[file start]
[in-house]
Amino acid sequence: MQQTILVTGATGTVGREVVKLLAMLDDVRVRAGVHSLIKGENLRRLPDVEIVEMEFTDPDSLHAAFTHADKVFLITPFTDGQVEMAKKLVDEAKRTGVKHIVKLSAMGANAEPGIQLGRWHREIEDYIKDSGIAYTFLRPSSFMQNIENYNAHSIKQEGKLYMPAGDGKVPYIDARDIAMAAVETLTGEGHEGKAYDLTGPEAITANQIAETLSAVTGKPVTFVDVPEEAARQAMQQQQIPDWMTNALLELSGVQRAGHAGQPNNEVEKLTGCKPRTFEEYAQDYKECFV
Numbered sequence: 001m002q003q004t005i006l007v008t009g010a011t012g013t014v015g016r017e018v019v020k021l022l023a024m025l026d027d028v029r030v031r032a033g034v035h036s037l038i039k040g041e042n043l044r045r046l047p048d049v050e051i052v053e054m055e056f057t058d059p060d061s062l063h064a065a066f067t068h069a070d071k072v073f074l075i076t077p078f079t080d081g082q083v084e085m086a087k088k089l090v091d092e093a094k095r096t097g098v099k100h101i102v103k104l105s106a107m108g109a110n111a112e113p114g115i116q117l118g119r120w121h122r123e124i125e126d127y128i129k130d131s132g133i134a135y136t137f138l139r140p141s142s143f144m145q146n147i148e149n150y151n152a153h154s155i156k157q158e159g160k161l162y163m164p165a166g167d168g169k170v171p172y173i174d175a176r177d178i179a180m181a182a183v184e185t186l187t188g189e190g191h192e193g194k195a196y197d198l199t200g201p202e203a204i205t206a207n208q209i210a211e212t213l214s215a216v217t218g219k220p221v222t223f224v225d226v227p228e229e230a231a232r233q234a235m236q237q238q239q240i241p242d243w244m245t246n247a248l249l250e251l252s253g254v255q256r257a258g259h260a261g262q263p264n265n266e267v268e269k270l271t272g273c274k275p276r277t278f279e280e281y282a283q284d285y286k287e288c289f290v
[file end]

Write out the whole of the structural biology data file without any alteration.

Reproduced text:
[in-house]
Amino acid sequence: MQQTILVTGATGTVGREVVKLLAMLDDVRVRAGVHSLIKGENLRRLPDVEIVEMEFTDPDSLHAAFTHADKVFLITPFTDGQVEMAKKLVDEAKRTGVKHIVKLSAMGANAEPGIQLGRWHREIEDYIKDSGIAYTFLRPSSFMQNIENYNAHSIKQEGKLYMPAGDGKVPYIDARDIAMAAVETLTGEGHEGKAYDLTGPEAITANQIAETLSAVTGKPVTFVDVPEEAARQAMQQQQIPDWMTNALLELSGVQRAGHAGQPNNEVEKLTGCKPRTFEEYAQDYKECFV
Numbered sequence: 001m002q003q004t005i006l007v008t009g010a011t012g013t014v015g016r017e018v019v020k021l022l023a024m025l026d027d028v029r030v031r032a033g034v035h036s037l038i039k040g041e042n043l044r045r046l047p048d049v050e051i052v053e054m055e056f057t058d059p060d061s062l063h064a065a066f067t068h069a070d071k072v073f074l075i076t077p078f079t080d081g082q083v084e085m086a087k088k089l090v091d092e093a094k095r096t097g098v099k100h101i102v103k104l105s106a107m108g109a110n111a112e113p114g115i116q117l118g119r120w121h122r123e124i125e126d127y128i129k130d131s132g133i134a135y136t137f138l139r140p141s142s143f144m145q146n147i148e149n150y151n152a153h154s155i156k157q158e159g160k161l162y163m164p165a166g167d168g169k170v171p172y173i174d175a176r177d178i179a180m181a182a183v184e185t186l187t188g189e190g191h192e193g194k195a196y197d198l199t200g201p202e203a204i205t206a207n208q209i210a211e212t213l214s215a216v217t218g219k220p221v222t223f224v225d226v227p228e229e230a231a232r233q234a235m236q237q238q239q240i241p242d243w244m245t246n247a248l249l250e251l252s253g254v255q256r257a258g259h260a261g262q263p264n265n266e267v268e269k270l271t272g273c274k275p276r277t278f279e280e281y282a283q284d285y286k287e288c289f290v